A recent study was conducted to determine whether the concurrent use of denosumab with a biologic disease-modifying antirheumatic drug (bDMARD), such as adalimuab, etanercept, or infliximab, increases the risk of infection.
Rheumatoid arthritis (RA) is associated with a number of comorbidities, including osteoporosis. The known risk of bone loss in patients with RA lead physicians to prescribe additional therapies, such as oral bisphosphonates or denosumab, for osteoporosis. A recent study, published in The Journal of Rheumatology, was conducted to determine whether the concurrent use denosumab with a biologic disease-modifying antirheumatic drug (bDMARD), such as adalimumab, etanercept, or infliximab, increases the risk of infection.
Denosumab is a fully human monoclonal antibody that binds to the receptor activator of nuclear factor-xB ligand (RANKL) and blocks the interaction of RANKL with its receptor on the surface of osteoclasts and osteoclast precursors. This leads to a reduction in osteoclast number and activity, a decrease in bone resorption, an increase in bone mass, and a reduction in vertebral and nonvertebral fracture risk.
RANKL is expressed in activated T and B lymphocytes and in lymph nodes; therefore, there is a hypothetical possibility that denosumab may increase the risk of infections due to the inhibition of the RANK pathway. Previous studies have suggested that exposure to multiple biologic agents, each carrying an independent elevated risk of infection, may be associated with an even higher risk of infection.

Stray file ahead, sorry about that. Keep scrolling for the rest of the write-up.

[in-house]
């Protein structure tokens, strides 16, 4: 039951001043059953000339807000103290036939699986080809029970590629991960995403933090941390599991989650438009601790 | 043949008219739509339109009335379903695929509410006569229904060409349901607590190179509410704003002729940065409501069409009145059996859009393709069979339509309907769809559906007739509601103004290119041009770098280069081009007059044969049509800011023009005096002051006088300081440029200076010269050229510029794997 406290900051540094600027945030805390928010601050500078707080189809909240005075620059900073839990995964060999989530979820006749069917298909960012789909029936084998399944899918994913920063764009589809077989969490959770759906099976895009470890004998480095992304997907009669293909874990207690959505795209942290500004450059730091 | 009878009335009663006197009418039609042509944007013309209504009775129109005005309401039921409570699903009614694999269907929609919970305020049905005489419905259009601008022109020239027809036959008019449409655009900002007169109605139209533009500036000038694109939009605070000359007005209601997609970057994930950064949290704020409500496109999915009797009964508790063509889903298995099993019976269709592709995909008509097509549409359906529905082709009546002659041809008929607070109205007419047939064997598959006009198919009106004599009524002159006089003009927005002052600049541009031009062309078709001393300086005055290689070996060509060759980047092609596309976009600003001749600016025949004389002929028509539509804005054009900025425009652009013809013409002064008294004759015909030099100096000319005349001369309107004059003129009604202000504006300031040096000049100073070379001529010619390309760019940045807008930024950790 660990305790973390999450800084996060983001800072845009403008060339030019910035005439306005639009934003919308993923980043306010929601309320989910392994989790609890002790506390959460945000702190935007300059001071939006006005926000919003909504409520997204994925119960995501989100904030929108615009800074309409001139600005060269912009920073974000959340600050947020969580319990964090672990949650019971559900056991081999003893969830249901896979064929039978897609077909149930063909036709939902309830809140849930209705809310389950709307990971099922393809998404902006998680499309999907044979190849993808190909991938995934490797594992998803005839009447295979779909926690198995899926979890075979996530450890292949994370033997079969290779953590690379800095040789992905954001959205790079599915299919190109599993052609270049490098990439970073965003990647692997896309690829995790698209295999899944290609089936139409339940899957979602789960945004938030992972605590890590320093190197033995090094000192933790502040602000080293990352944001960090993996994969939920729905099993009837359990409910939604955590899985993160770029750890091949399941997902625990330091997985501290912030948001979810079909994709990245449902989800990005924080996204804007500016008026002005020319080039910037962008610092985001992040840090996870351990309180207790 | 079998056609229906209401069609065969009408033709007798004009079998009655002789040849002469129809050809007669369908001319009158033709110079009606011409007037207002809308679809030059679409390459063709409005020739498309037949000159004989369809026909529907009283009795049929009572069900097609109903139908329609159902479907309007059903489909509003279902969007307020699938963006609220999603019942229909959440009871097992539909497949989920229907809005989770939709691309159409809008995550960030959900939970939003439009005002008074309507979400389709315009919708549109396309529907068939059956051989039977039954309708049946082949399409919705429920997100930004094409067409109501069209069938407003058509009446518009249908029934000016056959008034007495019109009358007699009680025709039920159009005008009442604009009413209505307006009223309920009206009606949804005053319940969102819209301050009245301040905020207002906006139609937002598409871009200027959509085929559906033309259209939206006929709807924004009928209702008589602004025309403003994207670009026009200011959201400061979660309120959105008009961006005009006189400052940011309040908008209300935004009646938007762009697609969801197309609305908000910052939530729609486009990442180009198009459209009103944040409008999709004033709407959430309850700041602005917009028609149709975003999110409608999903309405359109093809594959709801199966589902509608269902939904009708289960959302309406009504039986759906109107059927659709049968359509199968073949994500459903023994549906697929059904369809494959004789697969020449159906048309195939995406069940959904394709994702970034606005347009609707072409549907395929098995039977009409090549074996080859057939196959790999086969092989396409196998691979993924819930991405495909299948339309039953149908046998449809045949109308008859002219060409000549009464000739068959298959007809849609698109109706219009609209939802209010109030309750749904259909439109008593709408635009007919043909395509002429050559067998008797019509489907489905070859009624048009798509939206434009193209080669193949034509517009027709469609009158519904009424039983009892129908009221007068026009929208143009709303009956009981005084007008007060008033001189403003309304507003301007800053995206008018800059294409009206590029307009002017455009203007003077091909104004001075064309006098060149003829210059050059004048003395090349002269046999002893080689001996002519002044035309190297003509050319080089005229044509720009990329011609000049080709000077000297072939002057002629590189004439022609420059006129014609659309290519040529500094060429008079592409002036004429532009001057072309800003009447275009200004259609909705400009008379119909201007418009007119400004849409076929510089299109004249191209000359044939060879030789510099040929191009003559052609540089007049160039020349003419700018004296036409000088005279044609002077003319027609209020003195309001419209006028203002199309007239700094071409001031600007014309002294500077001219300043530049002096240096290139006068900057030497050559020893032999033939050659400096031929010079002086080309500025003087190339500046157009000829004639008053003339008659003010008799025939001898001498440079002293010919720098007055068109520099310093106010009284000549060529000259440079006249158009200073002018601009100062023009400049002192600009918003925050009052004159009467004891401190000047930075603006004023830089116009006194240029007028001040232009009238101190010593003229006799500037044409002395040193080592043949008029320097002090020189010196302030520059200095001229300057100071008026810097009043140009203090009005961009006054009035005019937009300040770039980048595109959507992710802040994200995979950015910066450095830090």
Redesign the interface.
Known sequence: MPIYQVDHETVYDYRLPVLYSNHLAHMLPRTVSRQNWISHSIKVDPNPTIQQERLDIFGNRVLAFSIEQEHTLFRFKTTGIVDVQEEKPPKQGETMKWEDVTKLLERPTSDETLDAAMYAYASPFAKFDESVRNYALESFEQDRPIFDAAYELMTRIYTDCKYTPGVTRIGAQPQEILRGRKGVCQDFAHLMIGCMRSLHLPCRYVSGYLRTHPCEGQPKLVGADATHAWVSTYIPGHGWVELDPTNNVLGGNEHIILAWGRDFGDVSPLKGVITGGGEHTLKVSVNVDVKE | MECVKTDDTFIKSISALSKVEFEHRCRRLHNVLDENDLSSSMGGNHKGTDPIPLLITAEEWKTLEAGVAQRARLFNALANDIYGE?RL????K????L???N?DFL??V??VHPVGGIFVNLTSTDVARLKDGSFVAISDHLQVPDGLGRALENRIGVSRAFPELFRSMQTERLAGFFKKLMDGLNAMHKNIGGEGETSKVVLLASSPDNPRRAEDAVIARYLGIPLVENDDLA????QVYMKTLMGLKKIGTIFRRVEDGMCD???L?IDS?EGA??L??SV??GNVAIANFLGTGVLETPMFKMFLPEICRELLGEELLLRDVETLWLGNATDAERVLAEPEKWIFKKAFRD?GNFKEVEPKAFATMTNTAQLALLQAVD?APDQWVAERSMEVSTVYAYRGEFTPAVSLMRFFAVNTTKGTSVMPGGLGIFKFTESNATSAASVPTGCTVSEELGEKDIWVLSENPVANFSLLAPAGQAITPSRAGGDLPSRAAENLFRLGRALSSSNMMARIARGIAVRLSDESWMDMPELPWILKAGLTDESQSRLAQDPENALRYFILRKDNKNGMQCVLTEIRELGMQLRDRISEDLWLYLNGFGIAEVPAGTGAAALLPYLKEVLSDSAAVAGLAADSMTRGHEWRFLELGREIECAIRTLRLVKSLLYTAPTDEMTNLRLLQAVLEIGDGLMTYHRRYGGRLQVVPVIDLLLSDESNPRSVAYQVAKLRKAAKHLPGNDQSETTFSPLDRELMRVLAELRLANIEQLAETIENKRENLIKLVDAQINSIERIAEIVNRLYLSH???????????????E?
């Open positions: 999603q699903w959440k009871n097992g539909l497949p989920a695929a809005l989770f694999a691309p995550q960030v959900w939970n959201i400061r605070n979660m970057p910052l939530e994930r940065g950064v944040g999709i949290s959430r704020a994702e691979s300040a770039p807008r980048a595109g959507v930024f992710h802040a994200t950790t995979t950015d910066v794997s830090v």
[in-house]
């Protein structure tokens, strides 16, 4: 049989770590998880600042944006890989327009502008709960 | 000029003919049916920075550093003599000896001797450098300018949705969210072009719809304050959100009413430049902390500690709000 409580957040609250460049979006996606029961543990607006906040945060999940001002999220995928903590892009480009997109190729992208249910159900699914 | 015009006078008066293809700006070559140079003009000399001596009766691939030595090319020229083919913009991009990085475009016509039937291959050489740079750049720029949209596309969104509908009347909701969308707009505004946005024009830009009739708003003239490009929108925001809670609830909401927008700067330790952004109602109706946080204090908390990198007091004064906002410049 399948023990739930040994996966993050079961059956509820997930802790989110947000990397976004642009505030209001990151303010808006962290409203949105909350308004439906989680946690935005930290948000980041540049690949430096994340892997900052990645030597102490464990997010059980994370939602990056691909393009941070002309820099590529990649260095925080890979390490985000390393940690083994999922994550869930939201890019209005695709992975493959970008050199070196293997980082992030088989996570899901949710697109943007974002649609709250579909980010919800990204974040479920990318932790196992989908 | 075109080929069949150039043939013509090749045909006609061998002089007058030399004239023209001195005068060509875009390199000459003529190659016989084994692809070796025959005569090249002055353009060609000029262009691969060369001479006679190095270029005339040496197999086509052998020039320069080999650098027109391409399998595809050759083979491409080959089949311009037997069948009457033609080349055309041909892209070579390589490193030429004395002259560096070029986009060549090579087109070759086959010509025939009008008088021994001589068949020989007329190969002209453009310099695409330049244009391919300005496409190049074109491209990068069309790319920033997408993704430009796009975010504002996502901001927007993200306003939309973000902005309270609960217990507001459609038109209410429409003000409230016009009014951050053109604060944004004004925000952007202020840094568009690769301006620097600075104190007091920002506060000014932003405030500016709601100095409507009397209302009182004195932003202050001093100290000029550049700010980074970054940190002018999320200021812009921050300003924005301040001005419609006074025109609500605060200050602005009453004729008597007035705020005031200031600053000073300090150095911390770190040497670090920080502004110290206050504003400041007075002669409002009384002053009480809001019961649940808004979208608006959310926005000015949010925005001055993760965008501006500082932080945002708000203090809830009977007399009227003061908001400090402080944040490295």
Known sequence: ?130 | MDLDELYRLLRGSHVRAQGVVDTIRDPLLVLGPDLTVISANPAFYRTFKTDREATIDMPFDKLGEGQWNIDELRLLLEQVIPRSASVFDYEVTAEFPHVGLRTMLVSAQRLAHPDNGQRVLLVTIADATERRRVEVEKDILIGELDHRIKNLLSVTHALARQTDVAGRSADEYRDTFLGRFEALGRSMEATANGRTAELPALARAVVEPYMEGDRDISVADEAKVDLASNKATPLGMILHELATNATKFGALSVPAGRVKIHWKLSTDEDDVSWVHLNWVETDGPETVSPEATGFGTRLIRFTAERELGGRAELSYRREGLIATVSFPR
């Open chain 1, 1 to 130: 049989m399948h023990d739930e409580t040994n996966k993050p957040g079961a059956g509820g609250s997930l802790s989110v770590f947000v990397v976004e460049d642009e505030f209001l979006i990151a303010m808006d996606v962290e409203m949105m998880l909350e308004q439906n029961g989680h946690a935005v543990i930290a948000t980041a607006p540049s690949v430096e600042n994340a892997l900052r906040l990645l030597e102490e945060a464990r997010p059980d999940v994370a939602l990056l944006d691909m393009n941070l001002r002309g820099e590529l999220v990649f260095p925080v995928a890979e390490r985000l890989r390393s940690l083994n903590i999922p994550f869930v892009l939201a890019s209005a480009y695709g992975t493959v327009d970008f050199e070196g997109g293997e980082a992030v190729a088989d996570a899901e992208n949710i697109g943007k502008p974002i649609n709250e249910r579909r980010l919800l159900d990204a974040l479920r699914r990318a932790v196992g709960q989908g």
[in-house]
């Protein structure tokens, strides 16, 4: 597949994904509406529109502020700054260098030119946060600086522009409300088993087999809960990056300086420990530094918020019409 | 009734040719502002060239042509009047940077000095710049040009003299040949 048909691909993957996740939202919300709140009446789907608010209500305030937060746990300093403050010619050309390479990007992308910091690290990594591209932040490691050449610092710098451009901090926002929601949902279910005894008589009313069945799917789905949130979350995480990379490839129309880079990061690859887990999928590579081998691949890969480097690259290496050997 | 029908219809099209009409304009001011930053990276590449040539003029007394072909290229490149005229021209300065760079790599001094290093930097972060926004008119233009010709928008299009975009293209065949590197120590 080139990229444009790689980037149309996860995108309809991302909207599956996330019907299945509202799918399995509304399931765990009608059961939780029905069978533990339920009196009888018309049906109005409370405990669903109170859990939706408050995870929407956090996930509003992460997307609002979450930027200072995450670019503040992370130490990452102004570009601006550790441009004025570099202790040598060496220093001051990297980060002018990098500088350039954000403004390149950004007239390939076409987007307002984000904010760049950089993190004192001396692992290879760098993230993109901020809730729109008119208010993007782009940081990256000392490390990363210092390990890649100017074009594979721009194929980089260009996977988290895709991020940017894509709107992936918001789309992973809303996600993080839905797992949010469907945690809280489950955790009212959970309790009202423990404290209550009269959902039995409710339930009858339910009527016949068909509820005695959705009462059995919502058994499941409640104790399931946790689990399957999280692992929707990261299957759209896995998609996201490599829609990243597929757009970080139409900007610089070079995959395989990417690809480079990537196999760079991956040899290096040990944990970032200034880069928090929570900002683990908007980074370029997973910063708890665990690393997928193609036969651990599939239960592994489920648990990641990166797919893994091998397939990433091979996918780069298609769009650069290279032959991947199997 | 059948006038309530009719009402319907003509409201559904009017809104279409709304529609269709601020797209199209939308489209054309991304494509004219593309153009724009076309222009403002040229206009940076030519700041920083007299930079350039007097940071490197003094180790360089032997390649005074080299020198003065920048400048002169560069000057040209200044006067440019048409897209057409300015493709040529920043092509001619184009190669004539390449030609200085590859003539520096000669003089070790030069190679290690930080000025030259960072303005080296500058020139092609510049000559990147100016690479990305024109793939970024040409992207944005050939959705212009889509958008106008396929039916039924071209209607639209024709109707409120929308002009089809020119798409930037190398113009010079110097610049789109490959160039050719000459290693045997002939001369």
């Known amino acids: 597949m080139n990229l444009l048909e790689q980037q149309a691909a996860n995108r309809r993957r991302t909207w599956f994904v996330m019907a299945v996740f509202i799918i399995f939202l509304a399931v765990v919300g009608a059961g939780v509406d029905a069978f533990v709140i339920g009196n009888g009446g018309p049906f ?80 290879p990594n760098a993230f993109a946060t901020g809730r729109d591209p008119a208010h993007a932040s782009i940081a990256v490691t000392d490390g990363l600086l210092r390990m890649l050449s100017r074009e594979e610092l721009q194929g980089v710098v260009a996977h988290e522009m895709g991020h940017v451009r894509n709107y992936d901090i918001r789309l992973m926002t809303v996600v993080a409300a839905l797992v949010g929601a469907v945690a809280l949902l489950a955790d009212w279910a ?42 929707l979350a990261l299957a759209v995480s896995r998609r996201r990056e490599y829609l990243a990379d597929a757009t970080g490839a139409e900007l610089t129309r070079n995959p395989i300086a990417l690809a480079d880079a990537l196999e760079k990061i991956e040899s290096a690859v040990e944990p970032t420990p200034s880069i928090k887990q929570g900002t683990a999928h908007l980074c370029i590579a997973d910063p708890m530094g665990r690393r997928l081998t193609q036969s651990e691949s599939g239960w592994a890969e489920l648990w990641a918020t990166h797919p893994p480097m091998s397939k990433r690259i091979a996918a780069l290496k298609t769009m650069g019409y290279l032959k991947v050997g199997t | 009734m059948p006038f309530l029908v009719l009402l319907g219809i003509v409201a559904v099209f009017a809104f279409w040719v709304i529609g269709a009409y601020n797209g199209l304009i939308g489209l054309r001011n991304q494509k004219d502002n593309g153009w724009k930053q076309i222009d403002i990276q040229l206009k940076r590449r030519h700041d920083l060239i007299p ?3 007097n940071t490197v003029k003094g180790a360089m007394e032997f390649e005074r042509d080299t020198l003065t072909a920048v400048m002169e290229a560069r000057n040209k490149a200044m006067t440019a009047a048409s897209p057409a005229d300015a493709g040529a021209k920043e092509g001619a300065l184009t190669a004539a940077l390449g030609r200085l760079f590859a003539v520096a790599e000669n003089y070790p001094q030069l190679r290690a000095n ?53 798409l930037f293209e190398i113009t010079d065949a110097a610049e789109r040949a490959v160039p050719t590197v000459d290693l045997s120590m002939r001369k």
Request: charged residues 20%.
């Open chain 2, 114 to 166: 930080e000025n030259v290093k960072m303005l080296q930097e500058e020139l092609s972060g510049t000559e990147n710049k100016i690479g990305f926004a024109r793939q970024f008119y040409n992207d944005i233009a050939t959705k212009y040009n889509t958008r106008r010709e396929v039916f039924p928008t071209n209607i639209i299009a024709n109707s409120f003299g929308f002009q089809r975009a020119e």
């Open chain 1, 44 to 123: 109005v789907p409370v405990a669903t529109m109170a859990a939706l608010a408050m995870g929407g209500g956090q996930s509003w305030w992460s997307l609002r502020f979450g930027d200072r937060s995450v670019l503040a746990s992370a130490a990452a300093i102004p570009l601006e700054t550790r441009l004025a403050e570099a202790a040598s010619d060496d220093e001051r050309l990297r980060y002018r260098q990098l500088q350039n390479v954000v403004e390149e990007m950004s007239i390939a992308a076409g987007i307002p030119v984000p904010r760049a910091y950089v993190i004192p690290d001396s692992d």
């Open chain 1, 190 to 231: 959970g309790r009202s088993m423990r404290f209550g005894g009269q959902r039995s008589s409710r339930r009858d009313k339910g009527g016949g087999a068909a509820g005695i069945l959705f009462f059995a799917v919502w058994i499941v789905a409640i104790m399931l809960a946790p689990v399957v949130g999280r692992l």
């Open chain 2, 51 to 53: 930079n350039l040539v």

The study’s participants were chosen from patients from 2 academic rheumatology practices in Canada between July 1, 2010 and July 31, 2014. The medical records from these rheumatology practices during the designated time period included about 3000 patients taking bDMARD therapy. Eligible patients for the study fit into the following criteria: 18 years or older with an RA diagnosis, received 1 or more injection or infusion, or filled a prescription for a bDMARD for RA during the study period.
Patients in the concurrent therapy group (n = 102) were required to have a moderate to high risk of fracture and to have received 1 or more injection of denosumab while taking a bDMARD.
Conversely, patients in the bDMARD-only group (n = 206) never received denosumab during the study period. The patients in the concurrent group were matched 1:2 to patients receiving solely a bDMARD.
There were 3 serious infection events reported in the concurrent group, and 4 serious infection events and 1 opportunistic infection event reported in the bDMARD-only group. The most commonly reported type of infection was pneumonia. The rates of serious or opportunistic infections were 1.22 per 100 patient-years (95% confidence interval [CI]; range, —0.25 to 3.56) in the concurrent group and 0.98 per 100 patient-years (95% CI; range, 0.32 to 2.29) in the bDMARD-only group, with a rate difference of 0.24.
The study showed that the occurrence of serious infections was low in patients with RA treated concurrently with a bDMARD and denosumab, and in patients treated with a bDMARD alone. This data should encourage patients that their drug regimen is unlikely to cause infections or other illnesses.